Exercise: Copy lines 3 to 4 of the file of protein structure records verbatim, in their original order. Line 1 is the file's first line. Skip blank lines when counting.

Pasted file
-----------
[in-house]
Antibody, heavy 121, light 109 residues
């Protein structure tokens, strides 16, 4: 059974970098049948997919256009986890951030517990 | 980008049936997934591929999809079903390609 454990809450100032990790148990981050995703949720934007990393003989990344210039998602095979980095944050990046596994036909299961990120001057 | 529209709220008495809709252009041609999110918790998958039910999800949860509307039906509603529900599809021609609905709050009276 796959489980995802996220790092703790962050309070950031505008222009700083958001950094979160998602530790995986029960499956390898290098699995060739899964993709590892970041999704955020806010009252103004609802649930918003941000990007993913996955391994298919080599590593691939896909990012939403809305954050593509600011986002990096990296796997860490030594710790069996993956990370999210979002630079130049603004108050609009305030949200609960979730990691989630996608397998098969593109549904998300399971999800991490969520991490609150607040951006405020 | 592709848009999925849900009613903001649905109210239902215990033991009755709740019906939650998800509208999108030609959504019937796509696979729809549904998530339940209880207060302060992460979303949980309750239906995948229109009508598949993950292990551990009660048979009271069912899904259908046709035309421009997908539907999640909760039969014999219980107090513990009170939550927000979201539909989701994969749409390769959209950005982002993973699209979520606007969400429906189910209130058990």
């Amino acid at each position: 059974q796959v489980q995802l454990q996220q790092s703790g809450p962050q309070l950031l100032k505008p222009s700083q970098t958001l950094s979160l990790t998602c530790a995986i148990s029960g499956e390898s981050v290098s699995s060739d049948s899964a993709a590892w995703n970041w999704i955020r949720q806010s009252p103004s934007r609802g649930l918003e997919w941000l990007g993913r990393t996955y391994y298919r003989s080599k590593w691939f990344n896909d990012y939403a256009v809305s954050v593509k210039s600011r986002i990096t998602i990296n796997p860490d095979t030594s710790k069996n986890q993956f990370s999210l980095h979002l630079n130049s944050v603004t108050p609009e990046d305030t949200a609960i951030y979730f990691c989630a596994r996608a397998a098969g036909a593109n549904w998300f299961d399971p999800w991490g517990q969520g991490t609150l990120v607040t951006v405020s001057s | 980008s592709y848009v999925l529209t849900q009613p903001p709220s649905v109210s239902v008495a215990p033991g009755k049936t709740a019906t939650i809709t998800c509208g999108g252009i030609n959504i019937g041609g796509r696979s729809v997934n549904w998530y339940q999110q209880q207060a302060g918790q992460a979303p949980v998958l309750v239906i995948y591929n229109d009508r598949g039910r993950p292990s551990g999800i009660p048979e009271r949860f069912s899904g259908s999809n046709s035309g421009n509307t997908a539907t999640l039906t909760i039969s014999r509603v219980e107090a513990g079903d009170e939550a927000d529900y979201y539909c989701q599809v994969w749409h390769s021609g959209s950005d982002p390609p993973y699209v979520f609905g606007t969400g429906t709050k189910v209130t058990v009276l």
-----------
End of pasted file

């Protein structure tokens, strides 16, 4: 059974970098049948997919256009986890951030517990 | 980008049936997934591929999809079903390609 454990809450100032990790148990981050995703949720934007990393003989990344210039998602095979980095944050990046596994036909299961990120001057 | 529209709220008495809709252009041609999110918790998958039910999800949860509307039906509603529900599809021609609905709050009276 796959489980995802996220790092703790962050309070950031505008222009700083958001950094979160998602530790995986029960499956390898290098699995060739899964993709590892970041999704955020806010009252103004609802649930918003941000990007993913996955391994298919080599590593691939896909990012939403809305954050593509600011986002990096990296796997860490030594710790069996993956990370999210979002630079130049603004108050609009305030949200609960979730990691989630996608397998098969593109549904998300399971999800991490969520991490609150607040951006405020 | 592709848009999925849900009613903001649905109210239902215990033991009755709740019906939650998800509208999108030609959504019937796509696979729809549904998530339940209880207060302060992460979303949980309750239906995948229109009508598949993950292990551990009660048979009271069912899904259908046709035309421009997908539907999640909760039969014999219980107090513990009170939550927000979201539909989701994969749409390769959209950005982002993973699209979520606007969400429906189910209130058990």
């Amino acid at each position: 059974q796959v489980q995802l454990q996220q790092s703790g809450p962050q309070l950031l100032k505008p222009s700083q970098t958001l950094s979160l990790t998602c530790a995986i148990s029960g499956e390898s981050v290098s699995s060739d049948s899964a993709a590892w995703n970041w999704i955020r949720q806010s009252p103004s934007r609802g649930l918003e997919w941000l990007g993913r990393t996955y391994y298919r003989s080599k590593w691939f990344n896909d990012y939403a256009v809305s954050v593509k210039s600011r986002i990096t998602i990296n796997p860490d095979t030594s710790k069996n986890q993956f990370s999210l980095h979002l630079n130049s944050v603004t108050p609009e990046d305030t949200a609960i951030y979730f990691c989630a596994r996608a397998a098969g036909a593109n549904w998300f299961d399971p999800w991490g517990q969520g991490t609150l990120v607040t951006v405020s001057s | 980008s592709y848009v999925l529209t849900q009613p903001p709220s649905v109210s239902v008495a215990p033991g009755k049936t709740a019906t939650i809709t998800c509208g999108g252009i030609n959504i019937g041609g796509r696979s729809v997934n549904w998530y339940q999110q209880q207060a302060g918790q992460a979303p949980v998958l309750v239906i995948y591929n229109d009508r598949g039910r993950p292990s551990g999800i009660p048979e009271r949860f069912s899904g259908s999809n046709s035309g421009n509307t997908a539907t999640l039906t909760i039969s014999r509603v219980e107090a513990g079903d009170e939550a927000d529900y979201y539909c989701q599809v994969w749409h390769s021609g959209s950005d982002p390609p993973y699209v979520f609905g606007t969400g429906t709050k189910v209130t058990v009276l």